Google, NASA and the Universities Space Research Association will put a 512 qubit machine from D-Wave at the disposal of researchers around the globe. The USRA will invite teams of scientists and engineers to share time on the unique supercomputer. The goal is to study how quantum computing might be leveraged to advance machine learning.
Professor Bradley Nelson and researchers at ETH Zurich have created a miniature robot that can be injected into the eye to precisely measure the retina’s oxygen supply. Many diseases, including Glaucoma, can interfere with oxygen delivery to the retina. Rapid diagnosis and treatment is essential in the attempt to preserve vision.
New technology developed at UC Berkeley uses wireless signals to provide real-time, noninvasive diagnoses of brain swelling or bleeding. The device analyzes data from low-energy electromagnetic waves, similar to the kind used to transmit radio and mobile signals. It is sensitive enough to distinguish between a normal brain and a diseased brain with one single noncontact set of measurements.
Professor Todd Coleman of UCSD is developing foldable, stretchable electrode arrays that can non-invasively measure neural signals. They can also provide more in-depth analysis by including thermal sensors to monitor skin temperature and light detectors to analyze blood oxygen levels. The device is powered by micro solar panels and uses antennae to wirelessly transmit or receive data. Professor Coleman wants to use the device on premature babies to monitor their mental state and detect the onset of seizures that can lead to brain development problems such as epilepsy.
A team led by Mitchell Lerner at the University of Pennsylvania has developed a carbon nanotube based transistor that can detect glucose levels in body fluids, including saliva. The nanotubes are coated with molecules of pyrene-1-boronic acid, which makes them highly sensitive for glucose detection. When exposed to glucose, the nanotube transistor’s current-voltage curve changes, and that change can be measured to indicate the glucose concentration.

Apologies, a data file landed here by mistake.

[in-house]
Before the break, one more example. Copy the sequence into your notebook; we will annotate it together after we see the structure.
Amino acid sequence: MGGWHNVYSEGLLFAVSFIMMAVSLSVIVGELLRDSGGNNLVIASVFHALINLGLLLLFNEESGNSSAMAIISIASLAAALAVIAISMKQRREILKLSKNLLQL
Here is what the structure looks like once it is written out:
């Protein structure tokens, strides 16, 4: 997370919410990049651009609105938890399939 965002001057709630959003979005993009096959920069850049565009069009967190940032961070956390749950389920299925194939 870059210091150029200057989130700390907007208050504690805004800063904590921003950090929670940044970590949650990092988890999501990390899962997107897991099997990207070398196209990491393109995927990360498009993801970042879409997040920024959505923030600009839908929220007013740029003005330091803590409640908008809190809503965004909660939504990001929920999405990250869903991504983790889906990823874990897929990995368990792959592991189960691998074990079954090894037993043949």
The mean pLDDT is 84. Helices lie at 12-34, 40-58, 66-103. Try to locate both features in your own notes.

fMRI-driven neurofeedback has been used in various contexts, but never applied to the treatment of anxiety.
Yale University researchers used fMRI to display the activity of the orbitofrontal cortex, a brain region just above the eyes, to subjects in real time. Through a process of trial and error, the subjects learned to control their brain activity. This neurofeedback led to changes in brain connectivity and increased control over anxiety. The changes were still present several days after the exercise.
Ireland’s Tyndall National Institute’s “haptic hand” sensorized glove collects hand movement data to assist doctors’ understanding of arthritis patient mobility. Sensors built into the glove will provide 3-D simulations of joint movement and information on hand stiffness. The glove could potentially also be used to track hand movements in other applications, such as stroke rehab and training of surgeons.
SimSensei software, developed by Stefan Scherer and colleagues at the University of Southern California, combines computer vision algorithms and the psychological model of depression. An on-screen psychologist asks you a series of questions and watches how you physically respond. Using Kinect, the computer vision algorithms build up a very detailed model of your face and body, including your “smile level,” horizontal gaze and vertical gaze, how wide open your eyes are, and whether you are leaning toward or away from the camera. From these markers, SimSensei can determine whether you’re exhibiting signs that indicate depression — gaze aversion, smiling less, and fidgeting.
A group at the Tokyo Institute of Technology, led by Dr. Osamu Hasegawa, has advanced SOINN, their machine learning algorithm, which can now use the internet to learn how to perform new tasks. The system, which is under development as an artificial brain for autonomous mental development robots, is currently being used to learn about objects in photos using image searches on the internet. It can also take aspects of other known objects and combine them to make guesses about objects it doesn’t yet recognize.